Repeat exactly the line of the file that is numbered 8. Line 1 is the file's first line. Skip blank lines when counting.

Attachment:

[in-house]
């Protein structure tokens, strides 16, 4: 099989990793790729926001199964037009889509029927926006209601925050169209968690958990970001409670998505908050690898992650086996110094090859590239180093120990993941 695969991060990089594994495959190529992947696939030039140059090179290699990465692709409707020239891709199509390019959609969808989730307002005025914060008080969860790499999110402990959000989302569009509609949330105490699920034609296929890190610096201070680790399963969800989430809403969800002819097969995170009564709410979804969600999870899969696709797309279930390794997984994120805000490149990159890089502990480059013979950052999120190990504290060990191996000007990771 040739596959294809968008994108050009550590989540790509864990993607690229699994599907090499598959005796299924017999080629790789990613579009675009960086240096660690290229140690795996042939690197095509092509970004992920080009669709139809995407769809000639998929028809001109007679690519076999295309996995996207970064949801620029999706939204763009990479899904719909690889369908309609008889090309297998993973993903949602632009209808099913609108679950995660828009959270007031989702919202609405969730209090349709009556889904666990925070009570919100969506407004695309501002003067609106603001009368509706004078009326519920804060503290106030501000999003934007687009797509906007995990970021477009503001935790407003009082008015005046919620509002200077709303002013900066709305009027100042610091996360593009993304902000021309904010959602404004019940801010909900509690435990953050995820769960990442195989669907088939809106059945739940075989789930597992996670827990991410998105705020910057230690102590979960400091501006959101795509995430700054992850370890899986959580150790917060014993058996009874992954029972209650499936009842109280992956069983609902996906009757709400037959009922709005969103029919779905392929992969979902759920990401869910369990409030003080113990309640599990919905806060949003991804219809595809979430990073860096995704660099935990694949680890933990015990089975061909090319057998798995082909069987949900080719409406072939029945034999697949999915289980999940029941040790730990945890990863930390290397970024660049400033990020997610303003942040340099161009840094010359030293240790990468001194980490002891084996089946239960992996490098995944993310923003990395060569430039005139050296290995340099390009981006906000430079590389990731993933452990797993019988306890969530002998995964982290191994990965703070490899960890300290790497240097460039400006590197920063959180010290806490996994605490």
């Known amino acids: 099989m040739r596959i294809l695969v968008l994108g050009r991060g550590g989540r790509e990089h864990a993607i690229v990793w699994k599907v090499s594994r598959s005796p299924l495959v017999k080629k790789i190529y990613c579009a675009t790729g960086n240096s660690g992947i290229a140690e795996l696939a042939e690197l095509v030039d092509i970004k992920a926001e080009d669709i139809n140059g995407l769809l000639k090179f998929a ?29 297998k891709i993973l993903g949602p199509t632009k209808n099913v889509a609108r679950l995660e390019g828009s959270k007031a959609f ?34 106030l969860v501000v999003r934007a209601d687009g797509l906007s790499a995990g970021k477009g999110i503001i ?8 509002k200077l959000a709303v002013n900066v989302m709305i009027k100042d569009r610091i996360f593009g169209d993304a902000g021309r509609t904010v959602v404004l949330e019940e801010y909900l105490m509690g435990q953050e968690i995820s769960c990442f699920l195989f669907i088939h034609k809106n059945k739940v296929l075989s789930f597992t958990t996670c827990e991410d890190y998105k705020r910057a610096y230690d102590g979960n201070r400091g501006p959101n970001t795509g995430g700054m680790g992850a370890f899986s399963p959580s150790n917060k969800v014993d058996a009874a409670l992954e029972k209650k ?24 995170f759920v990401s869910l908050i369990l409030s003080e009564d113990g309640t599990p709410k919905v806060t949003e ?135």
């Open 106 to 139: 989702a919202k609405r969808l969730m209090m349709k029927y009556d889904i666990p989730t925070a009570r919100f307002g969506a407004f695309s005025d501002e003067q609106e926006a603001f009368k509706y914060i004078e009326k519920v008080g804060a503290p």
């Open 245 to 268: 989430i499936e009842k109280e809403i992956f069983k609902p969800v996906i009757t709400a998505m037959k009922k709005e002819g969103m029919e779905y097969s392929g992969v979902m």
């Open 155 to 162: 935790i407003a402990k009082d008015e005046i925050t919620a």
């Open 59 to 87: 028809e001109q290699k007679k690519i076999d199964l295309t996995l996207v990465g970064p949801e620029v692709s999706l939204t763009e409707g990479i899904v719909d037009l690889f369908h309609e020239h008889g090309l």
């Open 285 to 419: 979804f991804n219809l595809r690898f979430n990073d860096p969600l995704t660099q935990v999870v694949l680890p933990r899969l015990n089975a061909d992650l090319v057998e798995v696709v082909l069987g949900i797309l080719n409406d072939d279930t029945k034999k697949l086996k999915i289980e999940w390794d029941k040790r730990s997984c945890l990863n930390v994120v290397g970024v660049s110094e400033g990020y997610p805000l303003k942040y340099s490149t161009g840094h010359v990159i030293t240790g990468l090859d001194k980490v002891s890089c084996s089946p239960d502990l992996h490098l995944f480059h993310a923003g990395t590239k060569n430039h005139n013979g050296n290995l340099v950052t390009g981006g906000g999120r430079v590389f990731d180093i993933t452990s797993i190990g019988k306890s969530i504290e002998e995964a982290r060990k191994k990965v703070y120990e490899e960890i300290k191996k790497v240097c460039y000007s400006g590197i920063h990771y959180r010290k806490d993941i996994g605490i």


């Open 285 to 419: 979804f991804n219809l595809r690898f979430n990073d860096p969600l995704t660099q935990v999870v694949l680890p933990r899969l015990n089975a061909d992650l090319v057998e798995v696709v082909l069987g949900i797309l080719n409406d072939d279930t029945k034999k697949l086996k999915i289980e999940w390794d029941k040790r730990s997984c945890l990863n930390v994120v290397g970024v660049s110094e400033g990020y997610p805000l303003k942040y340099s490149t161009g840094h010359v990159i030293t240790g990468l090859d001194k980490v002891s890089c084996s089946p239960d502990l992996h490098l995944f480059h993310a923003g990395t590239k060569n430039h005139n013979g050296n290995l340099v950052t390009g981006g906000g999120r430079v590389f990731d180093i993933t452990s797993i190990g019988k306890s969530i504290e002998e995964a982290r060990k191994k990965v703070y120990e490899e960890i300290k191996k790497v240097c460039y000007s400006g590197i920063h990771y959180r010290k806490d993941i996994g605490i």